Say you are on a feature branch, and want to make a bug fix in
master. Rather than
stashing your changes, or
clone-ing the entire repository, you can create a whole new
working copy based on
master as follows:
git fetch git worktree add -b bugfix-1234 ../bugfix origin/master
The above sets up a new worktree at
../bugfix (assuming, and recommended that you are at
the root of your original cloned repository).
This new working tree is called a “linked working tree” as opposed to the “main working
tree” prepared by “git init” or “git clone”.
A repository has one main working tree (if it’s not a bare repository) and zero or more
linked working trees.
-b bugfix-1234 option creates a new branch, named
bugfix-1234, based off
-b option is not given, a new branch matching the directory of your worktree,
bugfix, is created. You can now
cd ../bugfix and work on this new worktree (and
branch) as though it were a new clone of the repository. Your original clone and work is
Another possibility is to use a ‘detached branch’:
git worktree add --detach ../project-build HEAD cd ../project-build ./run_build.sh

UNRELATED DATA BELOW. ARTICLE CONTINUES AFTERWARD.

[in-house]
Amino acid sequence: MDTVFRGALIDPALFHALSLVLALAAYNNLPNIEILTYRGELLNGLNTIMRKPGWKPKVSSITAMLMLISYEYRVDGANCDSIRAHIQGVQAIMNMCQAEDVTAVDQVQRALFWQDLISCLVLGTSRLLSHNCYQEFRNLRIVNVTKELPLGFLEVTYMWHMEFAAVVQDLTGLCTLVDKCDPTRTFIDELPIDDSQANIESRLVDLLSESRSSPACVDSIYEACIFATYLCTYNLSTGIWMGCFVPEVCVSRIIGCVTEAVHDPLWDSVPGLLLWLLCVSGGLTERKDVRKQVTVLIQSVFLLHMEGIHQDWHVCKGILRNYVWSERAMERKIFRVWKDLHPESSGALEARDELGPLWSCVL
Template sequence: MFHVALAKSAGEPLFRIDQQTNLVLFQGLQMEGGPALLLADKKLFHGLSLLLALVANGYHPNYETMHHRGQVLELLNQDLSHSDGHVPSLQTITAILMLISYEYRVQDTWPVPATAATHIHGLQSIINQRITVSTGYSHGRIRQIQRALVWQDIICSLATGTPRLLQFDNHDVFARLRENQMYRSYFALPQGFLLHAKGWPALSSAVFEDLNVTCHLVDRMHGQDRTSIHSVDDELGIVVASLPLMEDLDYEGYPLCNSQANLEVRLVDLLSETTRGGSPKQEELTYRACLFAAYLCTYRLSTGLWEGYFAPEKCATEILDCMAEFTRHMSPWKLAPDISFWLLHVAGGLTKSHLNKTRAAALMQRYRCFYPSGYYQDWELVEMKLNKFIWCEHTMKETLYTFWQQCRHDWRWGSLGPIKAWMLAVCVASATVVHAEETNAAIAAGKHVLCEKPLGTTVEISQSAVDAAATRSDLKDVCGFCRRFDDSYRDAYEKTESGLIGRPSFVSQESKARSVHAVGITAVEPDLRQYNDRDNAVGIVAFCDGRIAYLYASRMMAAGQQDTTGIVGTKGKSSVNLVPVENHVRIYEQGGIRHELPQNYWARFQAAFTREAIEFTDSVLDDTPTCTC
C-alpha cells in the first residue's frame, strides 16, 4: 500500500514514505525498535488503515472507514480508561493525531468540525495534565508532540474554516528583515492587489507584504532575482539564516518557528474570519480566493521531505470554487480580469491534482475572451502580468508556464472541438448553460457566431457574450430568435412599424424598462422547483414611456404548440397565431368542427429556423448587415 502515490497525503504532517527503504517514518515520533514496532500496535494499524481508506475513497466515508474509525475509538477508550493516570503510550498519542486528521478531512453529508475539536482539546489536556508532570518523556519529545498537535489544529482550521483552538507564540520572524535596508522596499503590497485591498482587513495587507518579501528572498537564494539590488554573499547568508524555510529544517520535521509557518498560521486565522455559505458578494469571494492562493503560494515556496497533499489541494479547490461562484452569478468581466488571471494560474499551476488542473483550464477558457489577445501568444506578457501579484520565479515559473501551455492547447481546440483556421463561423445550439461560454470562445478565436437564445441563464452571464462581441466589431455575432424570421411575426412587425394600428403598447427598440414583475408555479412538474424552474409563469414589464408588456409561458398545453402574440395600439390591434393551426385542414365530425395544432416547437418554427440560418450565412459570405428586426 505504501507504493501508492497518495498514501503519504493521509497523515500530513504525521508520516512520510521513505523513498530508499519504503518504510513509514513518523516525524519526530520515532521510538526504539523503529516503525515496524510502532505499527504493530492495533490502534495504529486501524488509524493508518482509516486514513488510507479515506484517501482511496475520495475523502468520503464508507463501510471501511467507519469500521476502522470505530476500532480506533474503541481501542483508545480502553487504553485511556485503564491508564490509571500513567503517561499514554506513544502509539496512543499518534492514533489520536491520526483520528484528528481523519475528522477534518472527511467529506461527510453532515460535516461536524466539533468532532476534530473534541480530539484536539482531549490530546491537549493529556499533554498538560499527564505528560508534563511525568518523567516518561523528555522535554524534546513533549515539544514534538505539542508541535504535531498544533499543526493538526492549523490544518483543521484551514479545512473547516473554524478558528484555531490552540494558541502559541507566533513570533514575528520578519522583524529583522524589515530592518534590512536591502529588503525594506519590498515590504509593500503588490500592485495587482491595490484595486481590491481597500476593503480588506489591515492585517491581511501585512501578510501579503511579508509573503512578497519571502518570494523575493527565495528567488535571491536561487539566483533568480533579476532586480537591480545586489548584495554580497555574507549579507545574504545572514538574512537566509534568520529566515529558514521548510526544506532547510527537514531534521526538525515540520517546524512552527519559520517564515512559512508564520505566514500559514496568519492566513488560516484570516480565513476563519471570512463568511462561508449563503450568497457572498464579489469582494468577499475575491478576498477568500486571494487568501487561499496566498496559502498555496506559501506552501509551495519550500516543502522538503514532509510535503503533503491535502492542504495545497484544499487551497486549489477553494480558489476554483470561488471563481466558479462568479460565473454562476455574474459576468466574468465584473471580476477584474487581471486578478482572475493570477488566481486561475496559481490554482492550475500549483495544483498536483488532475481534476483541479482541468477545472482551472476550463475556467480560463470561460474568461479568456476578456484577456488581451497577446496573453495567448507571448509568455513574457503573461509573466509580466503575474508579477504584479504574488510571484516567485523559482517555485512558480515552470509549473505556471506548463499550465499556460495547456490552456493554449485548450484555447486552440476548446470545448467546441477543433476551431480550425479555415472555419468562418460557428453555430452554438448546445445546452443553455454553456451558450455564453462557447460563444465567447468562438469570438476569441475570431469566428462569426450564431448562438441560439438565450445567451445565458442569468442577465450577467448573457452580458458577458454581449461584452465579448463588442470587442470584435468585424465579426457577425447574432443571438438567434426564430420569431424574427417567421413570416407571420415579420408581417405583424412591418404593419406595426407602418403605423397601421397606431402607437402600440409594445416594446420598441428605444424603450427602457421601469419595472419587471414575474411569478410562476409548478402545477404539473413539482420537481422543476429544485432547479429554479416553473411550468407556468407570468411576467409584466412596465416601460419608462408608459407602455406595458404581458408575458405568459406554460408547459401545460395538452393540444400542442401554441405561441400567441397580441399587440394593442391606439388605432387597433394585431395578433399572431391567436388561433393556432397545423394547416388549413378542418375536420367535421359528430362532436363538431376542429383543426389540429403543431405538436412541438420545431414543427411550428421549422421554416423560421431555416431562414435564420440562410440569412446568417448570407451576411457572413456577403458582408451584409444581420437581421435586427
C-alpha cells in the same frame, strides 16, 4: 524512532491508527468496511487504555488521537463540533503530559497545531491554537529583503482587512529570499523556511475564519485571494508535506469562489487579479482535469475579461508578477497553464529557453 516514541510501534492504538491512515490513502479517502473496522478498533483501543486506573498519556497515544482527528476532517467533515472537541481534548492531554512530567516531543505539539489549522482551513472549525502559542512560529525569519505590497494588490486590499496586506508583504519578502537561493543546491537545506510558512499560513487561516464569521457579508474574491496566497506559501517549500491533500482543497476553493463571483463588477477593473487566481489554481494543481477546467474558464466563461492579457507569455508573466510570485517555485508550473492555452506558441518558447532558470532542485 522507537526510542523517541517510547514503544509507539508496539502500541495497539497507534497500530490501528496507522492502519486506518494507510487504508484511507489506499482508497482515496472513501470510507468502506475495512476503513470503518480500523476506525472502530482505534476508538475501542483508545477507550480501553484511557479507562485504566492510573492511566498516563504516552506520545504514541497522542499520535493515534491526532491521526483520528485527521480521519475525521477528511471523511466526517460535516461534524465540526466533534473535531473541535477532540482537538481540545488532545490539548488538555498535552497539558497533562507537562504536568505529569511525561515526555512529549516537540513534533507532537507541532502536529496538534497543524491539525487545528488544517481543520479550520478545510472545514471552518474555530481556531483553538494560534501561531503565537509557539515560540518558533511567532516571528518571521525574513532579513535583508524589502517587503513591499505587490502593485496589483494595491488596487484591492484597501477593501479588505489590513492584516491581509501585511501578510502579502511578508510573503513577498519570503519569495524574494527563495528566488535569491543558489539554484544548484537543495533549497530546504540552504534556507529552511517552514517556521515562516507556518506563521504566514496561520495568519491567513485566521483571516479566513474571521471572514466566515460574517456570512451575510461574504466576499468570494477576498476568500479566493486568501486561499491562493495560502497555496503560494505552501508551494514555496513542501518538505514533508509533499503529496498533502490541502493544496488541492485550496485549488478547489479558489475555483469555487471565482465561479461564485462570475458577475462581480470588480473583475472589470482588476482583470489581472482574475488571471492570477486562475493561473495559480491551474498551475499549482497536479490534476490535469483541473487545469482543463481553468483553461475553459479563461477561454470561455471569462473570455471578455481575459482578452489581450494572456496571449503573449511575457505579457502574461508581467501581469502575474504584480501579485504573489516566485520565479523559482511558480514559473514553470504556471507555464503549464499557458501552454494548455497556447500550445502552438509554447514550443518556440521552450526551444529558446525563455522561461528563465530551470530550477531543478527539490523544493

The above creates a worktree with a detached branch off the current HEAD. We can use this temporary worktree, and continue to make changes in our original worktree.
To remove worktrees, use
rm -rf ../bugfix && git worktree prune when you are done with
your new worktree. The
git worktree prune is optional, and will remove metadata around
your worktree from the repository immediately. If not used, the normal git garbage
collection process will eventually clean it up.
Note that if you move a linked working tree, you need to manually update the administrative files so that they do not get pruned automatically.
If a linked working tree is stored on a portable device or network share which is not
always mounted, you can prevent its administrative files from being pruned by issuing the
git worktree lock command, optionally specifying
--reason to explain why the working
tree is locked.
Via StackToHeap.com and Git.